The Many Faces of Carin
Wonderful Swedish artist Carin Ellberg's practice has since her time at the Royal Academy of Art in Stockholm been marked by a feminist thematic approach, refuting the male-driven norms and positions of the art world. She began painting self-portraits (for an hour a day) back in 1985, leading up to present day and her ongoing exhibition at Andréhn-Schiptjenko. The exhibition which presents a sequential time line of a rough amount of over 600 self-portraits spanning over three decades, chronicles through the imagery a life of changes and is carried by the strength of universal relatability.
Carin Ellberg at Andréhn-Schiptjenko. Photo credit: Jean-Bapiste Béranger
I began painting self-portraits back in the fall of 1985 while enrolled in my second year at the Royal Academy of Art in Stockholm and initially it derived from being wary of performance anxiety which just about marks every art school in the world. The idea that occured to mind was that no matter what else I would bring forth as an artist, I will always have made this series of self-portraits. I figured by the time I would graduate this were to be in the least an accomplishment to my credit as an artist. In the beginning I would just take whatever piece of appropriate surface I could find around the studio, like a piece of masonite without even priming the portrait which is something I began with later. The linear and serial aspect I realized would be met by both dating the self-portraits and attributing them with a serial number. I set forth a time frame for the process, allowing no more than an hour's worth of time for the completion of each, stressing that the act of painting the self-portraits should be off-the-cuff. I always stored away the portraits once completed and never kept them hanging around amidst my other work in the studio, in so far as not to be impacted by a prior portrait. In terms of general influences while at the academy, there was so much representation of men in art around then, and I looked particularly towards key figures that were women; painters like Vera Nilsson and Siri Derkert whose work spoke to me much.
If you look at the first rows of portraits in the exhibition, you can see as a unifying element that I'm consitently wearing a smock which in reality was a kimono of sort that I used to wear. I was in that age of wanting to experiment with looks, designs, roles and fashion so I had an initial idea of not detracting any focus away from my face this way by a uniform. At some point I stopped with that, letting through my regular attire of the day and as such the portraits are now indicative of various periods in time through timely attributes that you can spot and find in them. I don't think it would have been very realistic to do one portrait unconditionally every single day and during some periods I was more active and others less, but there has been a conistent continuity nevertheless since the conception of the idea. The portraits have been shown in various occasions over time and I actually first showed them whilst still at the academy, at Galleri Mejan, which was met with quite some hoopla, a bit of controversy if you will, since it was deemed preposterous to exhibit your work prior to graduation and degree presentation.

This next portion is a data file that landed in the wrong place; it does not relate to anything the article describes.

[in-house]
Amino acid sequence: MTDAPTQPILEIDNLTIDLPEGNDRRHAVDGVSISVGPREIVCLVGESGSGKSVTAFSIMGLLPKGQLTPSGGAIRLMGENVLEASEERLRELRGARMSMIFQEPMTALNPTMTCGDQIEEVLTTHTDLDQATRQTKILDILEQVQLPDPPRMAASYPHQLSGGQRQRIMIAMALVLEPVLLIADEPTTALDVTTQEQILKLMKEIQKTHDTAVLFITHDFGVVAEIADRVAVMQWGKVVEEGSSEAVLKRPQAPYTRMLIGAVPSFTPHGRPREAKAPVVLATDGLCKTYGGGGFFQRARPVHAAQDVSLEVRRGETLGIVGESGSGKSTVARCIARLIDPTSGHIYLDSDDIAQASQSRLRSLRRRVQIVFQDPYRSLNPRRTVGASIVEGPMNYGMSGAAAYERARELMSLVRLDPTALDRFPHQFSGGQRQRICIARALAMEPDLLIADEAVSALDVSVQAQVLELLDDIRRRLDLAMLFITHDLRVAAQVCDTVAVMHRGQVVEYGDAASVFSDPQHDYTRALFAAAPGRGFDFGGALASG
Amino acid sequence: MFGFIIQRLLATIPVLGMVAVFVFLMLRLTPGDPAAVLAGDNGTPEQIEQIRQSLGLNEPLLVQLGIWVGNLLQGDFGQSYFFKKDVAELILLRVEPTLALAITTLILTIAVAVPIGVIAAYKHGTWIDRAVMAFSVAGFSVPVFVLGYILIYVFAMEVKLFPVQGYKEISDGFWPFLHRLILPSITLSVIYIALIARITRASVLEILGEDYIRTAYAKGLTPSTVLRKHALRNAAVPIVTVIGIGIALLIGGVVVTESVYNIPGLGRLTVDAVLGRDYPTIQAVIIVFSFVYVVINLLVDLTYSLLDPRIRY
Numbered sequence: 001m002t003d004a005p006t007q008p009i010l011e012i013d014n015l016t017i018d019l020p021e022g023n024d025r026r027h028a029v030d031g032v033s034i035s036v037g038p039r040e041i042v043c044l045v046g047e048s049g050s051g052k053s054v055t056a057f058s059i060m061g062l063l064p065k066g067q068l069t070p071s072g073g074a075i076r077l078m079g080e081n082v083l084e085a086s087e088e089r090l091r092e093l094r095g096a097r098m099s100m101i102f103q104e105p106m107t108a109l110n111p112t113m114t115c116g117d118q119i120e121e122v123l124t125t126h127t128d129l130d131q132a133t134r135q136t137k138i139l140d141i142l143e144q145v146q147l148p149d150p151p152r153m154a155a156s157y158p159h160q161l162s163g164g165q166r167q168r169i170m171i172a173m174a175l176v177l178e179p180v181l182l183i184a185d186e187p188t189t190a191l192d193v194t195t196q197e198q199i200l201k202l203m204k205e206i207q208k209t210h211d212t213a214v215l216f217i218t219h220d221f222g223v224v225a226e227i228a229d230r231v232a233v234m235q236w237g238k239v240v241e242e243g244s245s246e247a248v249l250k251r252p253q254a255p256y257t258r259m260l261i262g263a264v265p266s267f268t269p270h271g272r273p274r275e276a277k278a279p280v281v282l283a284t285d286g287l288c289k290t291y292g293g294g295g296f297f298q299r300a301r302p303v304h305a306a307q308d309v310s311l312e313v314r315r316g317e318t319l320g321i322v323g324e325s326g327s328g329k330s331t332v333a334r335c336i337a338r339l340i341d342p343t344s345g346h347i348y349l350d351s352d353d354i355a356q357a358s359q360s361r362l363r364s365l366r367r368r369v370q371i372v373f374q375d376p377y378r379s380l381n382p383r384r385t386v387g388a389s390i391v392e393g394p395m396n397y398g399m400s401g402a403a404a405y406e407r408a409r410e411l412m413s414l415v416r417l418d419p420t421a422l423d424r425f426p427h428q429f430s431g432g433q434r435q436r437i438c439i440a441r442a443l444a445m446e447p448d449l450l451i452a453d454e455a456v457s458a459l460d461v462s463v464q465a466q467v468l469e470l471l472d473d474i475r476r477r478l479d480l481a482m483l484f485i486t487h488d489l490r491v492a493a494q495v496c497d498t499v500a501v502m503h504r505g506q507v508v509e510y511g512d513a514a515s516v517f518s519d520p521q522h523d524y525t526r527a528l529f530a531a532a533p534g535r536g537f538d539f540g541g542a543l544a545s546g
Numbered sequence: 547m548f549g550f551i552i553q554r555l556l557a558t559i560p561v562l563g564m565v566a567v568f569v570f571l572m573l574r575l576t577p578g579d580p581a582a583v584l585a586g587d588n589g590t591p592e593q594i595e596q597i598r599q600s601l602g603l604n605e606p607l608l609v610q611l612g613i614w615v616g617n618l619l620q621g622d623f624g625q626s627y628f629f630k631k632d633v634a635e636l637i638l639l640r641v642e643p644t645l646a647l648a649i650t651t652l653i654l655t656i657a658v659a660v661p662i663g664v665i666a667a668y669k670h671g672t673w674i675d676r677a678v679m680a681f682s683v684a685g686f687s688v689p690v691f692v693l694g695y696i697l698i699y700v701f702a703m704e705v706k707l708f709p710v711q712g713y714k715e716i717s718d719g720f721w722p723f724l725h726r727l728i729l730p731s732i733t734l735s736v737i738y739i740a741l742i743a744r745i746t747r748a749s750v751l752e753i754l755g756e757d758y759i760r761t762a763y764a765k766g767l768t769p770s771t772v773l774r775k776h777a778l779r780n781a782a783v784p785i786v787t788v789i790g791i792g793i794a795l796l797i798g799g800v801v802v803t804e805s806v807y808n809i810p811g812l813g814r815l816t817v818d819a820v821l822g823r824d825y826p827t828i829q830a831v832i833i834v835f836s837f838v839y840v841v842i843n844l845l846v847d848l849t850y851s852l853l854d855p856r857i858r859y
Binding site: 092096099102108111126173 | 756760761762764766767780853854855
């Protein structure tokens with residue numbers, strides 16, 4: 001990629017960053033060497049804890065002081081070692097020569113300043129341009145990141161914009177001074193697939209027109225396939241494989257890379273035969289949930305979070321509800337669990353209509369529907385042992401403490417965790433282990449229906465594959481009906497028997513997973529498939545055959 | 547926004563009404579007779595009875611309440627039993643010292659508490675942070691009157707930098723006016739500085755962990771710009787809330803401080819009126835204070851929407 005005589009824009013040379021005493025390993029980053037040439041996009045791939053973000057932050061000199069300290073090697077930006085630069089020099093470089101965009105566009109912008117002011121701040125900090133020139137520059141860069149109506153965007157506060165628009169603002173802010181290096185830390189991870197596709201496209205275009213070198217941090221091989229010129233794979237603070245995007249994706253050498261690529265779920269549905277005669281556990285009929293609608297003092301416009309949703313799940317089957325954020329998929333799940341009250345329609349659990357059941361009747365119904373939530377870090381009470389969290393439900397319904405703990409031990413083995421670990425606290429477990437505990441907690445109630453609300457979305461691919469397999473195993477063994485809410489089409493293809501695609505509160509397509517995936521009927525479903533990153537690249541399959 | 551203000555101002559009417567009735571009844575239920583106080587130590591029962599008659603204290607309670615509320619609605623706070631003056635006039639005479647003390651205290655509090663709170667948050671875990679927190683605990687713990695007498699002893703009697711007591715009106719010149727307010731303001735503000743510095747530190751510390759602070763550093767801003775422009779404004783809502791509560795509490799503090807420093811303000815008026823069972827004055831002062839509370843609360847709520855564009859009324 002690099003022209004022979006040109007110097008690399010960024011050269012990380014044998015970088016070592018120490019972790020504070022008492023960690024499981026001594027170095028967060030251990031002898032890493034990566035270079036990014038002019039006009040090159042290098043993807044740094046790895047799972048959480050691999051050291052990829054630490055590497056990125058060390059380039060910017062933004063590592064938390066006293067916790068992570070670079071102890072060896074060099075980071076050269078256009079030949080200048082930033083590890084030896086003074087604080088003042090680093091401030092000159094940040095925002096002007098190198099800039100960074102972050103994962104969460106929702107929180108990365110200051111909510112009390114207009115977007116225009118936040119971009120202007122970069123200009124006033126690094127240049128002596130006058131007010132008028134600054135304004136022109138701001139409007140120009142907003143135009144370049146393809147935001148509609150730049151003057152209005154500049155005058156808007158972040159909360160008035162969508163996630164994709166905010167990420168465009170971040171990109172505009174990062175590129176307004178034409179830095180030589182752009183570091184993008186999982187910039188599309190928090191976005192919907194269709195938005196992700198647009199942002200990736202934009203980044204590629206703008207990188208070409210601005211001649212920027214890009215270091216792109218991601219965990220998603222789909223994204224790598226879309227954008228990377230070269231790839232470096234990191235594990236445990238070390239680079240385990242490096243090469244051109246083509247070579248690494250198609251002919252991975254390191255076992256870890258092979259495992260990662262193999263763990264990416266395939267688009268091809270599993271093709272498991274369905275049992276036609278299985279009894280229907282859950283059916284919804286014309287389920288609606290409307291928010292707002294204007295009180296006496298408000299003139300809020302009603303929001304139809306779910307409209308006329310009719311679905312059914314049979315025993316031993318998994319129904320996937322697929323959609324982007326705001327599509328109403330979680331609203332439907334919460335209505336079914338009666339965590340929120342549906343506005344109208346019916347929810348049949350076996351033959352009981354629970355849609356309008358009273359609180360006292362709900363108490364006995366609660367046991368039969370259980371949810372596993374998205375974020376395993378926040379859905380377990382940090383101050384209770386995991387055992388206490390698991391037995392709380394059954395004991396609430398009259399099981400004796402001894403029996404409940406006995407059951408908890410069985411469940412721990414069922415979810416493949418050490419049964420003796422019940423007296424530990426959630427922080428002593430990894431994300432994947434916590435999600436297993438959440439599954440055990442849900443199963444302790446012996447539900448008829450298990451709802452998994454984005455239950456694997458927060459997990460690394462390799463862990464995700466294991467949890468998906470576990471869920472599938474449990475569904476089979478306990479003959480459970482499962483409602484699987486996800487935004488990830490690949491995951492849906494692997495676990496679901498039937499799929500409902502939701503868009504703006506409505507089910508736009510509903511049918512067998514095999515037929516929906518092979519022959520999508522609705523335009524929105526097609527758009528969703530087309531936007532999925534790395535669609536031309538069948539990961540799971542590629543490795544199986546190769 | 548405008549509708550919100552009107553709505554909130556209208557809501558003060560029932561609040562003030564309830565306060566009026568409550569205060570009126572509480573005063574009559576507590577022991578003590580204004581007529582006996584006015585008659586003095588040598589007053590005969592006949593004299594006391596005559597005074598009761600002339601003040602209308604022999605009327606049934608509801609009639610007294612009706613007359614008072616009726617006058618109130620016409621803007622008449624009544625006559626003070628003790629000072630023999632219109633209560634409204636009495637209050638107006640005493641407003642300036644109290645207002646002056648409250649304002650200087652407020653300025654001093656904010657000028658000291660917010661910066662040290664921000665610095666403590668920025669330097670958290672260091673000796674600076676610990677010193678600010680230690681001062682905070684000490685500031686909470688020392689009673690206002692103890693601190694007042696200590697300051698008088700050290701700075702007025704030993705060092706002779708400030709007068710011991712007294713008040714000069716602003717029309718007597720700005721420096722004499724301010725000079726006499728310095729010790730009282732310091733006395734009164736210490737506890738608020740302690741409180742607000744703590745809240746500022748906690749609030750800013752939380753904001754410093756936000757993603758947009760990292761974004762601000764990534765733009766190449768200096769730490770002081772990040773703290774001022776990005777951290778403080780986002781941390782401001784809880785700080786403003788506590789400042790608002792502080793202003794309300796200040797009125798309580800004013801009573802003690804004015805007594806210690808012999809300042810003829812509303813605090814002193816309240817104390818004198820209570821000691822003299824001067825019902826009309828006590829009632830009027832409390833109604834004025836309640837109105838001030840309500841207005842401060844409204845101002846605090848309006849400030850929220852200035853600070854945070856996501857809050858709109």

Am I a nostalgic? Yes, very much so. A nostalgic, a romantic and what else have you. But if you ask me whether seeing these self-portraits renders me nostalgic I would say not so particulary. I can regard them in the exhibition space with a certain distance to myself. It's not that particular portraits do not bring back memories or remind me of where in time I was then, but it's not a pressing feeling in itself. Almost without exception there's only me in the portraits but on a handful of them I'm depicted together with either one of my two sons, both of whom appear individually alongside me in the series. I can spot where along the sequential line my face for instance is getting a bit rounder than usual as a result of being pregnant and then see how my face quickly thins out again post giving birth due to all the caloric burning of feeding a baby. My first son was born while I was still at the academy and consequently he would be there with me in the studio and in the instance of his appearing, it will simply have been that he woke up once I had already began painting and then came and joined me by my seat. I felt that it was neat to have him in there; after all my children are such an intrinsic and extended part of me that it couldn't possibly make more sense.
The last portraits that are seen in the exhibition I made quite a few years back by now. It's like life itself, you reach moments where you for whatever and various reaons come to a hiatus, only to revisit and resume something at a later point in time again. The last few years have been so intense with projects and exhibitions. The portraits make for only a certain fraction of my entire body of work and I'm only now reaching a point of soon being free in the studio again and can really feel a longing to be there. I can see how this really would be an exemplary way to start the day. The idea of course has been to keep painting these potraits until forever, and seeing them like this, it occurs to me that I hope that I can and will.
Carin Ellberg "Selfportraits" is on view through September 30 at Andréhn-Schiptjenko in Stockholm
Photos: Installation and exhbition images courtesy of Jean-Baptiste Béranger and Andrehn-Schiptjenko
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